How long have you been bartending?
Off and on since 2004, in college. I took bartending more seriously when I moved back to Seattle in 2010 from California.
What do you love most about your job?
Building community. That's the one thing I've always been enamored with. I love when I get to see regulars become good friends. And whether I see them once a week, five times a week, or once a month, it's always nice to catch up where they last left off with the stories of their lives.
What qualities make a good bar-tender?
The ability to execute a great cocktail while also maintaining some kind of engagement with your guest. And also just being genuine and caring, and having empathy and compassion as well, knowing how to read the situation right. You can definitely tell when someone comes in, and you know they're one drink or even one conversation away from having their day be completely turned around. Possibly going from a really bad day to you changing that narrative and making it a better rest of the day or weekend for them.
"If you take me to the bathroom, I would like to handle your fingerlings." [Oliver's Twist has fingerling potatoes on its food menu.]
What can't you drink anymore after bartending for so long?
I definitely can't drink Scotch anymore. Not the way I used to. I studied jazz in college, and after college, I moved to New York for a bit and spent time out there in my early to mid 20s. I had this idea that I could be like all those jazz greats, sitting in a cigar-smoke-filled room playing jazz and drinking Scotch. I probably burned a hole in my esophagus.
Current drink of choice?
Any variation of a Negroni or boulevardier. It's classic, it's spirit-forward, it has a nice citric essence from the oils in the orange peels that are used as garnish. It's kind of a litmus test, as well. If I go to a new bar, or anywhere new, I'll order a Negroni or boulevardier; if they ruin that cocktail, then I'll just have a beer and a shot.
Drink you make best?
It sounds pretty standard, but I like to think I make a really mean old-fashioned (I add a little essence of orange oil, so it balances out the Angostura bitters), or a really mean manhattan as well. My pisco sours are pretty top-notch, too.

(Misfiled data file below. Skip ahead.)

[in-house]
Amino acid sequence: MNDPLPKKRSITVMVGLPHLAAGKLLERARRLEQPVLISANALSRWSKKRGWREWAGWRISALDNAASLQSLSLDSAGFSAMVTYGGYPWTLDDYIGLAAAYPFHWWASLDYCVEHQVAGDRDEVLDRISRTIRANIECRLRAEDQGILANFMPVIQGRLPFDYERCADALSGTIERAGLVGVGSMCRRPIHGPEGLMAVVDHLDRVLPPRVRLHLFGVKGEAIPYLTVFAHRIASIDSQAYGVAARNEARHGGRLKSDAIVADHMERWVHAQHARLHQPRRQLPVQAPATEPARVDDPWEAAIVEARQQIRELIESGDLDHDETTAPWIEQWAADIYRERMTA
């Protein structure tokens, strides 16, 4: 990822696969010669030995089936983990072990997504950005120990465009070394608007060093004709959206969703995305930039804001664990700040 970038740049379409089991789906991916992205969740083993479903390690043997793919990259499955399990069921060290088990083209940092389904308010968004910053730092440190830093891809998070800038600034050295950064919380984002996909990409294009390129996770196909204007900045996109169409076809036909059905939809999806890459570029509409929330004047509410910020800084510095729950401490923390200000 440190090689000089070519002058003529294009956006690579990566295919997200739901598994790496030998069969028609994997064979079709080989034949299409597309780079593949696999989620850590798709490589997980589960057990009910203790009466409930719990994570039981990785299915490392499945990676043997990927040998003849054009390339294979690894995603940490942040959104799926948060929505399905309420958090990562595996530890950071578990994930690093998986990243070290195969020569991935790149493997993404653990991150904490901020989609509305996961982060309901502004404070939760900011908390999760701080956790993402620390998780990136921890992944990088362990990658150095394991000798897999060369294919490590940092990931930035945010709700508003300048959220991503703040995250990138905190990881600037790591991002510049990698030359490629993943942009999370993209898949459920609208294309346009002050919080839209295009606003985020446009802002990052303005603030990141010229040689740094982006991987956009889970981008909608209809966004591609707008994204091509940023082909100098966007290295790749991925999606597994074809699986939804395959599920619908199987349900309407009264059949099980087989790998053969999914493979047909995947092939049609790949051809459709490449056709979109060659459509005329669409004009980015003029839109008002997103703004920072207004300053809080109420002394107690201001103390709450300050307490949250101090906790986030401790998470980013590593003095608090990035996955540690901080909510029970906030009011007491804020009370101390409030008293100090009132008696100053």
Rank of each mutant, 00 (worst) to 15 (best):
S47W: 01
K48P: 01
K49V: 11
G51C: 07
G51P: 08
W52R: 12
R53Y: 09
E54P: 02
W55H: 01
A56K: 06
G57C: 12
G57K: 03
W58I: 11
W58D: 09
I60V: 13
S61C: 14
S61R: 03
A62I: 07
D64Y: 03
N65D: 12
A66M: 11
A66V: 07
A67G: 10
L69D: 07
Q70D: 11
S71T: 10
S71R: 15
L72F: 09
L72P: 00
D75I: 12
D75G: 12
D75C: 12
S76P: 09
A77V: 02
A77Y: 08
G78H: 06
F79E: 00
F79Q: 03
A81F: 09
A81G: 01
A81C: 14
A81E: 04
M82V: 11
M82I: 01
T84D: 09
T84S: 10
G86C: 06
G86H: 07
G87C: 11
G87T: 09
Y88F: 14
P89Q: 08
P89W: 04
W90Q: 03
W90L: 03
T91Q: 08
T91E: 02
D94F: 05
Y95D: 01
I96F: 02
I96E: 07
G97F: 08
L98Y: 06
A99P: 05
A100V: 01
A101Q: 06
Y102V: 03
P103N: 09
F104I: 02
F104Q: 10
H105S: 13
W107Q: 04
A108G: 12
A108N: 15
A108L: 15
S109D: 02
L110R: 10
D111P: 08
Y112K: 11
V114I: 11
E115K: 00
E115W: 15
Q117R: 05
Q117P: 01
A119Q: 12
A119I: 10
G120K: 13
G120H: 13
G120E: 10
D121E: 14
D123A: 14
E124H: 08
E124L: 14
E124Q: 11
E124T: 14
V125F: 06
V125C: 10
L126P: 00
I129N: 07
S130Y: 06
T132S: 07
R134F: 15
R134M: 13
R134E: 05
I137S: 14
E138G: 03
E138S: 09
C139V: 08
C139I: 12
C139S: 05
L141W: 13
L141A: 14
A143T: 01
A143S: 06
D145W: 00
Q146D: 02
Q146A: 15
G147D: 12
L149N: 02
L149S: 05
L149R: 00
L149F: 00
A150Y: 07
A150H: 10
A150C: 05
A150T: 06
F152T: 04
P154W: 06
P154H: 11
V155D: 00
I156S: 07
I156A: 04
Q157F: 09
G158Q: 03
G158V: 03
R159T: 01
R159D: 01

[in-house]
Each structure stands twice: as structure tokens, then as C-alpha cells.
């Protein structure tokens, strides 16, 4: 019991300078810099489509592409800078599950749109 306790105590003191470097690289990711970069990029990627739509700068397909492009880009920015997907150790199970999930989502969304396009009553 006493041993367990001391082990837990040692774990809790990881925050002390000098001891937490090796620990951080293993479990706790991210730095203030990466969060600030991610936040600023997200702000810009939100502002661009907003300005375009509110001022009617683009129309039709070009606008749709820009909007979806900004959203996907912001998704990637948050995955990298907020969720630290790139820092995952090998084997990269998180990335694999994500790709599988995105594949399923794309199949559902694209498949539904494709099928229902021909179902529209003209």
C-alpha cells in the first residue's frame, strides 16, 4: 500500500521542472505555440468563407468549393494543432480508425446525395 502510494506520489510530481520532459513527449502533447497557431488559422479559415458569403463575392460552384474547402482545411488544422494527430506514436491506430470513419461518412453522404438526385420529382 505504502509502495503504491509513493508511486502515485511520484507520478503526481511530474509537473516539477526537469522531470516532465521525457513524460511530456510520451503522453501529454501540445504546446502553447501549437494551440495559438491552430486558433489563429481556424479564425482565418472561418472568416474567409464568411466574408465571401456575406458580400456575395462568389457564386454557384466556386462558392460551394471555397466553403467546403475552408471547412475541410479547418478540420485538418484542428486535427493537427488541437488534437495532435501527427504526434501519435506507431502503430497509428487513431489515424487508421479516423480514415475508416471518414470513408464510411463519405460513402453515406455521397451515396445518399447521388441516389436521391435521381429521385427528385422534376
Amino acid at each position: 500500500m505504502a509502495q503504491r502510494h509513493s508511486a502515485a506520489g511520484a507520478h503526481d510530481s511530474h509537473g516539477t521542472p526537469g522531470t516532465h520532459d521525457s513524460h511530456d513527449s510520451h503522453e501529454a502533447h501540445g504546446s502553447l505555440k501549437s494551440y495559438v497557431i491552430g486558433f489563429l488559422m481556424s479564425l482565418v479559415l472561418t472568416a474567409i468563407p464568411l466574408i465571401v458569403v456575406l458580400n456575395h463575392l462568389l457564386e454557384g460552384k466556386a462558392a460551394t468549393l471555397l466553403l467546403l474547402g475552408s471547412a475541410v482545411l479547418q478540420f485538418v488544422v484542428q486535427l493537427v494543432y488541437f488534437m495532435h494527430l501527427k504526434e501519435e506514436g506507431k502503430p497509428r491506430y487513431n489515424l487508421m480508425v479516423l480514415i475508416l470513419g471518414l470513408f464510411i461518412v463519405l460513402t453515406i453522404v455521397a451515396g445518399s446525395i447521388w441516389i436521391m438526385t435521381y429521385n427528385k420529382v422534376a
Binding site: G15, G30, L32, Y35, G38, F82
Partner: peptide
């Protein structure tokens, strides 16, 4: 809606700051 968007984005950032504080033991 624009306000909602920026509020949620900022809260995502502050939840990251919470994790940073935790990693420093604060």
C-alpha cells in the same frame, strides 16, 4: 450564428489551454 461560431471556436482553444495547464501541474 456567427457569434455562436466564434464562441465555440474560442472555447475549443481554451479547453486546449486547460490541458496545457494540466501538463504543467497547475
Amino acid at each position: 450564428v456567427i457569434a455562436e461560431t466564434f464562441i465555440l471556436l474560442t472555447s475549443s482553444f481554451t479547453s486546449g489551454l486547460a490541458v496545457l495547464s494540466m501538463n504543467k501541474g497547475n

Least favorite drink to make?
When I make it, I will make it to a tee, and make it look beautiful, but I definitely have a hard time making a Ramos gin fizz. I worked at a bar once, for a friend, and he put the gin fizz on the brunch menu. It's one of those cocktails where you can go through one shift and not sell one, or you can go through one shift and all it takes is one person dropping it off to a table and it piques everyone's interest. Next thing you know, you have 12 gin fizzes lined up to be made.
Favorite place to drink?
If I'm looking for a good cocktail, I love going to Rob Roy. I think they do a good job, and it has a nice ambience if I'm having a date night with my girlfriend. Otherwise, I'm one for any of your local watering holes—the Shanghai Room up in Greenwood is a good spot. If I feel like playing video games, Coindexter's up on Greenwood as well.
What do you do when you're not slinging drinks?
I spend a lot of time listening to records or walking my dogs—I have a Labrador-rottweiler mix, his name is Django (like the movie), and a pitty mix, his name is Bender. I'm usually spending a lot of time with them, or with my girlfriend, Audrey. I'm a big homebody—I spend a lot of time reading. Or if the weather is nice, I'm outdoors cruising the neighborhood
Karuna isn't just a bartender at Oliver's Twist in Phinney Ridge (6822 Greenwood Ave N), where he's been for the past few years—as of August 2017, he's also the owner.